Canada's Premier Hub For Faith In Common Life
 
Shrouded From ChaosShrouded From Chaos

Shrouded From Chaos

Looking back on a trip to Bethlehem that evoked peace and solace, Mirjana Villeneuve seeks to walk alongside the Holy Family approaching the manger this Christmas. 

4 minute read
Shrouded From Chaos December 24, 2019  |  By Mirjana Villeneuve
Like Convivium? , our free weekly email newsletter.

I didn’t expect to encounter the humble peace of the Nativity in the grey of late February.

As our campus back home in Kingston, Ont. was hit with late-winter freezing rain and the cutting winds off the lake, I found myself standing in the courtyard outside the Church of the Nativity in Bethlehem among a group of students from our chaplaincy with Convivium Editor-in-Chief Fr. Raymond de Souza and a Bethlehem native as our guides. 

To enter the church, even the smallest among us had to bow through a tiny door in the towering limestone walls. The church was crowded and chaotic, a stark contrast to the calm courtyard. Even after several days of visiting religious sites along with bustling crowds of pilgrims, I was overwhelmed. 

As a general rule, I avoid large crowds. When I find myself in a crowded place, I spend most of my time deliberately re-centering myself in an attempt to avoid panic. And this church was not just crowded, but under construction, adding to the chaos. The floor in the centre of the church was bare, cordoned off by ropes and tarps, red lanterns and gold bulbs strung from the ceiling by chains, almost undiscernible from the ladders and scaffolding. I looked to the altar for solace, but it was barely visible to begin with, and so obscured by the chaos that it appeared as one tarnished-gold and gilded tangle.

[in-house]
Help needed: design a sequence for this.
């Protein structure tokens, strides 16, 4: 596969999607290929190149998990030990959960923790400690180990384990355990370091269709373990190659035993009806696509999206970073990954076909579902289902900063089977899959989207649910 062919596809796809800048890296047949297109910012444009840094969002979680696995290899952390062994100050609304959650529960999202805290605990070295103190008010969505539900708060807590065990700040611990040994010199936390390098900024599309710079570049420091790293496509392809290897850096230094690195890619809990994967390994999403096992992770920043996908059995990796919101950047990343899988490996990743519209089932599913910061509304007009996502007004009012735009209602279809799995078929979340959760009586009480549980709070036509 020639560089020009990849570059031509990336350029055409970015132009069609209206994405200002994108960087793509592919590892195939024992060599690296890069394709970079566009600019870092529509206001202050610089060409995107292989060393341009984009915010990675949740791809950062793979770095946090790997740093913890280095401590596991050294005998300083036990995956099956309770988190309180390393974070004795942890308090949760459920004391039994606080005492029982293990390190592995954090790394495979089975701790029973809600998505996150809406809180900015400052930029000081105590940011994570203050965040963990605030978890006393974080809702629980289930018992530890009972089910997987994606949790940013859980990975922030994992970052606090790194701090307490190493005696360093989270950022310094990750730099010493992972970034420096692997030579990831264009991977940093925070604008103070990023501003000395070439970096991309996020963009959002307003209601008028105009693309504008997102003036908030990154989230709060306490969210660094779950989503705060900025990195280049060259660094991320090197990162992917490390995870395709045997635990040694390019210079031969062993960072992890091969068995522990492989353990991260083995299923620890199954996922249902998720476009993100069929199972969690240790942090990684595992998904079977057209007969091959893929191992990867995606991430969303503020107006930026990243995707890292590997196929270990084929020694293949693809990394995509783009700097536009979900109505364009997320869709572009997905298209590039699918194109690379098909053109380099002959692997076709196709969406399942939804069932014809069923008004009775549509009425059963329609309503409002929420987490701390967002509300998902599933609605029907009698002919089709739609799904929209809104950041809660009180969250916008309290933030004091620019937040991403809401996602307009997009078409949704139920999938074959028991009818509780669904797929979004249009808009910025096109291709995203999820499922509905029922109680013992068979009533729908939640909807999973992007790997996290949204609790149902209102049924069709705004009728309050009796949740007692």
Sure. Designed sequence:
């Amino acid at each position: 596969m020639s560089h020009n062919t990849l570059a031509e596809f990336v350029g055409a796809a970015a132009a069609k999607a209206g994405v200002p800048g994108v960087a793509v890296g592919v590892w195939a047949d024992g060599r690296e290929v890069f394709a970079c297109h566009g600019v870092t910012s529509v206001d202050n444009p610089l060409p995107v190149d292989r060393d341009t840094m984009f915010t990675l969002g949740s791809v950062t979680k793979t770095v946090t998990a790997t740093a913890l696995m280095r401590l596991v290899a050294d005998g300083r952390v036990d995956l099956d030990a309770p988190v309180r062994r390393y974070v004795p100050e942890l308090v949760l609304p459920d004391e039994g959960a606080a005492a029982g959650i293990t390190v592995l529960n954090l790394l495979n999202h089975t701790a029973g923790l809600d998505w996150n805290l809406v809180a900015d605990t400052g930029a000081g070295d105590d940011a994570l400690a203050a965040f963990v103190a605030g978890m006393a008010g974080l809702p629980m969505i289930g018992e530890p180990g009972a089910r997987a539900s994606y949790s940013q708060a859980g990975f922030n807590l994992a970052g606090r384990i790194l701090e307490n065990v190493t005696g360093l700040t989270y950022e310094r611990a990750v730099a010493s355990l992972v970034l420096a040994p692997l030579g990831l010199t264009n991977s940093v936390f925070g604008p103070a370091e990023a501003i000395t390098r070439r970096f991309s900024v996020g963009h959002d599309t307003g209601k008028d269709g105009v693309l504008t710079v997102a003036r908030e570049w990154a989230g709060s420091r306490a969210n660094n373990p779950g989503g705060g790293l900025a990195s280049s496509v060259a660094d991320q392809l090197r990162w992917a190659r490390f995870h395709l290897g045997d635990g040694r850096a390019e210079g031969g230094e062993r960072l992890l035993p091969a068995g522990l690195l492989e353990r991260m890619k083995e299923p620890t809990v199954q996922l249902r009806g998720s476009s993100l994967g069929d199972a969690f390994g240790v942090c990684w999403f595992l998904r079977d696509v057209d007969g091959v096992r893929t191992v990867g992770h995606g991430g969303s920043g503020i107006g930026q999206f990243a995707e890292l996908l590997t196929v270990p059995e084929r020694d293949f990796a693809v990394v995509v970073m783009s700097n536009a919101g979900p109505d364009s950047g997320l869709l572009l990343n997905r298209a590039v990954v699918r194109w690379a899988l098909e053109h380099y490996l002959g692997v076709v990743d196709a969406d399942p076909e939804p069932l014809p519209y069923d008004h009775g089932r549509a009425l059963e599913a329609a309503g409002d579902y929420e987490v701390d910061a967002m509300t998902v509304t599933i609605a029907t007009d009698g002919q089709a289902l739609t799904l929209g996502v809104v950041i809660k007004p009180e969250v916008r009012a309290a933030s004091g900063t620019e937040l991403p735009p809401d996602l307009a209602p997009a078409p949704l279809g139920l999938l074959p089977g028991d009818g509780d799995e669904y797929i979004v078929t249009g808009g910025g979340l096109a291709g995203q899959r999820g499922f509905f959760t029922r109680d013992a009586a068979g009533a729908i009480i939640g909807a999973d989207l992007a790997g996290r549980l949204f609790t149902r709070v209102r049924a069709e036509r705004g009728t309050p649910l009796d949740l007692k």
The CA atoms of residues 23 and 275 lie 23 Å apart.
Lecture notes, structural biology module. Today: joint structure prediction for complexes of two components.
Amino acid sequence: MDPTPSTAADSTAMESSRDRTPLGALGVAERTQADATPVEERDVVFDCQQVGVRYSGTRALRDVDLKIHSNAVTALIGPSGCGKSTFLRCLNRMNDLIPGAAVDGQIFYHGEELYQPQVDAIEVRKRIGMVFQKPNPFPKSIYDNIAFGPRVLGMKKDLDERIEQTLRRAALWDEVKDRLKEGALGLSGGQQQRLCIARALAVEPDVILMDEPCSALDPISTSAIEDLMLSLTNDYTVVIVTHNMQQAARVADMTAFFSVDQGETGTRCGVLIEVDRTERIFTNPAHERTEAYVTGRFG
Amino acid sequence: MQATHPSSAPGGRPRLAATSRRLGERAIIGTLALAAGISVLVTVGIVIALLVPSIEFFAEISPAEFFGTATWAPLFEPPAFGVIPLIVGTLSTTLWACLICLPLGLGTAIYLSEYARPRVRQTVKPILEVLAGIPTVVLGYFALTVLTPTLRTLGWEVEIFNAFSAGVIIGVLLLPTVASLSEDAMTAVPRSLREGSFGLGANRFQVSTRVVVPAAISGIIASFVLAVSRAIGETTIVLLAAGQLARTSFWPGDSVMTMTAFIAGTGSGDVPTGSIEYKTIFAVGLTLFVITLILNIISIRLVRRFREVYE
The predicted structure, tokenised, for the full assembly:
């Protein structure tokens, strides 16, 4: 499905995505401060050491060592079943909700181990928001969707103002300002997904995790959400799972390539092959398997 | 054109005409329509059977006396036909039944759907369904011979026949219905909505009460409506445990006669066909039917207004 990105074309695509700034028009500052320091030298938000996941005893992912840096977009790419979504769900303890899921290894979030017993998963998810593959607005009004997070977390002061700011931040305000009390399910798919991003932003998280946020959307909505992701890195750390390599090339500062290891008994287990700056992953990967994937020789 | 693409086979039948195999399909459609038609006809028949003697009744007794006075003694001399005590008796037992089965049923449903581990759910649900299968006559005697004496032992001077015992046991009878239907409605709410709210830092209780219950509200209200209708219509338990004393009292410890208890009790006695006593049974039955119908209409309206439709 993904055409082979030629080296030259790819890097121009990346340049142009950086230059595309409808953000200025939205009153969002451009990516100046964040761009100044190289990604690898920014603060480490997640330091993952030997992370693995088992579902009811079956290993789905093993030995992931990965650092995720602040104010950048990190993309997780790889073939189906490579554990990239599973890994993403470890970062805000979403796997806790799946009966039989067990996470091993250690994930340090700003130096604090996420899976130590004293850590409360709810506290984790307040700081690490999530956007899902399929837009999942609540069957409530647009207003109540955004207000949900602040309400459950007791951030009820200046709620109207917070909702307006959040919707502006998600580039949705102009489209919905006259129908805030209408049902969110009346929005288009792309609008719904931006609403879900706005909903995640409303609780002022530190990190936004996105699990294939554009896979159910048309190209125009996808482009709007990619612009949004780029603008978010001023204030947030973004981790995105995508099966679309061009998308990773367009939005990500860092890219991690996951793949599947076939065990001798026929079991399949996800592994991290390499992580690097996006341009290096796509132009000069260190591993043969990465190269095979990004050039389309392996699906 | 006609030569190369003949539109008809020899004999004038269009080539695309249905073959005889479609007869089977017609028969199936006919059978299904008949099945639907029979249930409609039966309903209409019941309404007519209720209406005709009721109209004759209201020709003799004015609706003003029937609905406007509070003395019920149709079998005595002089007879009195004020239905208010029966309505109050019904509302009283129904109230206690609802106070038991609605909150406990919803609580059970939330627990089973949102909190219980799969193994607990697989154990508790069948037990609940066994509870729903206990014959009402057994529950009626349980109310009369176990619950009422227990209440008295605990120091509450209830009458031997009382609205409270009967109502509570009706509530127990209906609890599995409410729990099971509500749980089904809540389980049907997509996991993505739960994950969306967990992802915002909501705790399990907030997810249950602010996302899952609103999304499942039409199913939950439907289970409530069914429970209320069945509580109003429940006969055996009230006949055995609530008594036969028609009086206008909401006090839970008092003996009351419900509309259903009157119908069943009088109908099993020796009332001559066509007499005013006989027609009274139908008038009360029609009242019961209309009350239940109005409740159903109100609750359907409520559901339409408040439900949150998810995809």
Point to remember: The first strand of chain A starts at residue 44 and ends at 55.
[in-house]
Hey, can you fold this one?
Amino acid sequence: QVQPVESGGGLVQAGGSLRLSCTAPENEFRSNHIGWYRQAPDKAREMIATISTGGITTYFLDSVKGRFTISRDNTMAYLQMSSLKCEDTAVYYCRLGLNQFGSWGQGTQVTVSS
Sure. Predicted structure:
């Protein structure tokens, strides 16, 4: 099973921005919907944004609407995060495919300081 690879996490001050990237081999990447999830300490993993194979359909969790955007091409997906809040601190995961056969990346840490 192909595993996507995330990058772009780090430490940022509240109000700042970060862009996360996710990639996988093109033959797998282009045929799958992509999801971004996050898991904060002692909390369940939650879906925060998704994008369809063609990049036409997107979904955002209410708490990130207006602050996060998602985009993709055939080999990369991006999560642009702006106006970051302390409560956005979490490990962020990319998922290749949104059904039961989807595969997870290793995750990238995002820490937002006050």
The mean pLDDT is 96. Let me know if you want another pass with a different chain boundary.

I stuck close to my tall friends and focused on our guide telling us stories of this church’s history through the cacophony of voices from all around the world singing and shouting over one another. Slowly, we inched ourselves around the construction barriers, towards the sanctuary. He explained how we came to recognize this location as the place of Christ’s birth: that the story of a birth in a cave would have spread by word of mouth, and that after Christ’s death and resurrection, early Christians would make pilgrimages here. 

The Romans, seeking to quell this new religion, hijacked this place for a shrine to the god of agriculture, Saturn, by planting trees all around it. Christians would still clandestinely pilgrimage to the place of Christ’s birth under the guise of worshipping the Roman god (surrounded by – he inferred – the first Christmas trees?).  

The closer we moved toward the church’s sanctuary, the closer and tighter the crowd became. At certain points, I felt as though I couldn’t breathe. I kept reminding myself that the exit to the church wasn’t far behind, but that we would be at the front of the horde soon. When we entered the sanctuary, the men directing the line ordered us to be quiet. Still, the crowd was on top of one another, and the commotion of the open church was close behind. The group behind us pressed so close that they were literally leaning on our backs. We pressed closer to narrowing steps funneling to another small, dark doorway.